You'll notice that this sub-event doesn't actually have any conditions. If you've never made a sub-event like this before, just make a sub-event with any condition at all, since it requires you to give a condition when making a sub-event, and then delete the condition, but leave the sub-event. This way, you make sure the sub-event always run.

Your SwapBlocks event should now look like this:


If you run the game at this point, you will see that the blocks get destroyed when matches occur. You'll also notice though that any matches that are there when the game begins don't disappear until you make a swap of some kind. This is because we never call the FindMatches function after we create the grid of blocks.

The reason we haven't added this code is because in the final version there will be another function which prevents matches from being auto-generated like this, so there is really no reason to worry about this problem at all. (But feel free to call the FindMatches function earlier, if you like.)

4. Consolidating the Checks

At this point, we have a pretty strong matching system, but the problem is that our code is redundant. Currently, we have two different functions that check to see if there is a matching neighbor, and the only difference between them is that one checks vertically, and the other checks horizontally.

Since the free version of Construct 2 limits how many Events we can have, this is definitely a waste. To solve this, we are going to make a new version of the function that can do both checks.

If you look at the function, you will see the only difference between the two versions is that one adds Block.Width + 2 to the x-position of the Block, and the other adds it to the y-position of the Bock. So, the obstacle we have to get past to make this a single function, is giving the function a way to add Block.Width + 2 to only X, or only Y, without using an If statement or multiple functions, since those require more Events to be executed.

My solution to this is not very complex, but it will be easier to understand if we can see it come together, so we will implement it, and I will explain how it works once we can see it all in action.

  1. Delete the CheckMatchesY event.
  2. Rename the CheckMatchesX event to, simply, CheckMatches.
  3. In the function call for CheckMatchesX under the FindMatches event:
    1. Modify the function call to be for CheckMatches instead of CheckMatchesX.
    2. Add Parameter 3.
      1. Value = 1.
    3. Add Parameter 4.
      1. Value = 0.
  4. In the function call for CheckMatchesY under the FindMatches event:
    1. Modify the function call to be for CheckMatches instead of CheckMatchesY.
    2. Add Parameter 3.
      1. Value = 0.
    3. Add Parameter 4.
      1. Value = 1.

As I will explain soon, these added parameters will tell CheckMatches whether it is doing a horizontal check or a vertical check. When we send in 1 for Parameter 3, and 0 for Parameter 4, it is a horizontal check, and when we send in 0 for Parameter 3, and 1 for Parameter 4, it is a vertical check.

Now, go back to the CheckMatches function, and modify the conditions and actions to look like this:

This is what your FindMatches and CheckMatches code should now look like:


How does this work?

So, what is this new version of the function actually doing?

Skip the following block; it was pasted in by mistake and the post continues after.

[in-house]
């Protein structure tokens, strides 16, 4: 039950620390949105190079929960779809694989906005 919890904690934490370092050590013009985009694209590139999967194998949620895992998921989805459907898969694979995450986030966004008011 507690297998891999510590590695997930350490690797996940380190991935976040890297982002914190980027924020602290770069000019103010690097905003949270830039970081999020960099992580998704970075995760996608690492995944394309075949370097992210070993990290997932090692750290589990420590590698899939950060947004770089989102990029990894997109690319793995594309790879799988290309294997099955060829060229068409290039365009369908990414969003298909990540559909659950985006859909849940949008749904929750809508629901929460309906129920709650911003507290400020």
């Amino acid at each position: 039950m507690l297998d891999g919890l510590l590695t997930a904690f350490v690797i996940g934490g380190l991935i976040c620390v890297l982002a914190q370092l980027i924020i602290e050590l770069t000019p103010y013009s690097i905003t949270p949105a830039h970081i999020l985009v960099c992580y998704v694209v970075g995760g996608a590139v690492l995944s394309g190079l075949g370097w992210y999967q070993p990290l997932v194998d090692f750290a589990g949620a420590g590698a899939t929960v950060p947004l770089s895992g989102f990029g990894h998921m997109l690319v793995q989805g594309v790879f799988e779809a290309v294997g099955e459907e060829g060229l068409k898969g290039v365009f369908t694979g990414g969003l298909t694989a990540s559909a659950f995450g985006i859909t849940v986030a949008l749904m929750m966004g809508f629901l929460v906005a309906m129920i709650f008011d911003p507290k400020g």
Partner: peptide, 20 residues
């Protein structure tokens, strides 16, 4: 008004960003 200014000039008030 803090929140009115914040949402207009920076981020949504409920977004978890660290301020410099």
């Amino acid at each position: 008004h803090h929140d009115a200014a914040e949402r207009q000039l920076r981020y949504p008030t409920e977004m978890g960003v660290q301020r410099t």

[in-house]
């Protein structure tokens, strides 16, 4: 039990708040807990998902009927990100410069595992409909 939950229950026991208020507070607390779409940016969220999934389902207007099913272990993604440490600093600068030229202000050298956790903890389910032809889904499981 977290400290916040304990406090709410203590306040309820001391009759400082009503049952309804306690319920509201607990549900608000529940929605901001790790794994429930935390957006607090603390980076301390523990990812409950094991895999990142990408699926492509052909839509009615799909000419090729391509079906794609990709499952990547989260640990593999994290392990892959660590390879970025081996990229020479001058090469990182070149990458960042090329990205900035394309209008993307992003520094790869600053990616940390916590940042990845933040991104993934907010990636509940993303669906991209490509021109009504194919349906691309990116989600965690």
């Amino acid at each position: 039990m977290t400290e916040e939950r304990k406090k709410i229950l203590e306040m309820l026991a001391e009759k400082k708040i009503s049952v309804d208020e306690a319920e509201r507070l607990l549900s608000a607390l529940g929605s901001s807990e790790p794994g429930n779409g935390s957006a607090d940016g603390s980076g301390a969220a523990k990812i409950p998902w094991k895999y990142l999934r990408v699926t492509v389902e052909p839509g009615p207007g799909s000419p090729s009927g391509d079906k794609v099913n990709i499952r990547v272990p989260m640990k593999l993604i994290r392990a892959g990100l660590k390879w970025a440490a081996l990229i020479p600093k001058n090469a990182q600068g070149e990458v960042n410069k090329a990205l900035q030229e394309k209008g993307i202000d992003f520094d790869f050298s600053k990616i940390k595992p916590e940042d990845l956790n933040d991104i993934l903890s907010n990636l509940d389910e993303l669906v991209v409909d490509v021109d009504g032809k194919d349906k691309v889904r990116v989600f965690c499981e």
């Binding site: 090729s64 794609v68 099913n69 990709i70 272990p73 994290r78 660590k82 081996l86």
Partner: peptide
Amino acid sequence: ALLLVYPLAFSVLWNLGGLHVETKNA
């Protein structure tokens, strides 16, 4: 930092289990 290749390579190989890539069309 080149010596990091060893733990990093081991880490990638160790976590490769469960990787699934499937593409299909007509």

Well, whenever you call CheckMatches you are now sending two more parameters, and rather than adding Block.Width + 2 to either the x- or the y-position, it is adding (Block.Width + 2) * Function.Param(3) to the x-position, and (Block.Width + 2) * Function.Param(4) to the y-position.

Since one of those two parameters will always be 1, and the other will always be 0, this means that either the x- or the y-position will be modified - never both!

For instance, if we pass in 1 for Parameter 3, and 0 for Parameter 4, then it adds (Block.Width + 2) * 1, which is simply Block.Width + 2, to the x-position, and (Block.Width + 2) * 0, which is 0, to the y-position.

Here is a quick example to show what I mean and how it calculates the position of the block where it will check for the match. Let's say that in this example the original Block is at (200, 200), and the Blocks have a width of 40. So, if we want to get the position of the neighboring vertical Block, the formulas would work out like this:

  • X = 200 + ((Block.Width + 2)*0) = 200 + (40 + 2)*0 = 200 + 0 = 200
  • Y = 200 + ((Block.Width + 2)*1) = 200 + (40 + 2)*1 = 200 + 42 = 242

If we wanted to get the position of the neighboring horizontal Block, the formulas would work out like this:

  • X = 200 + ((Block.Width + 2)*1) = 200 + (40 + 2)*1 = 200 + 42 = 242
  • Y = 200 + ((Block.Width + 2)*0) = 200 + (40 + 2)*0 = 200 + 0 = 200

If you run the game now, you should see the match system still works the way it originally did, but from our perspective, it is actually a better system.


At this point our match detection function is still incomplete, but we've done a lot in this tutorial already and I think it's important to let all of this sink in before we add anything else. With that in mind, I am going to end this article here. Check out the demo in its current form.

In the next article we will be adding a points system,we will improve the matching system, and we will add "gravity" so that the Blocks will fall when Blocks below them are eliminated.

If you want to get a head start on the next article, take some time to consider how you would detect when there is an empty space below a Block. Try looking at the Block > Is Overlapping at Offset function for inspiration!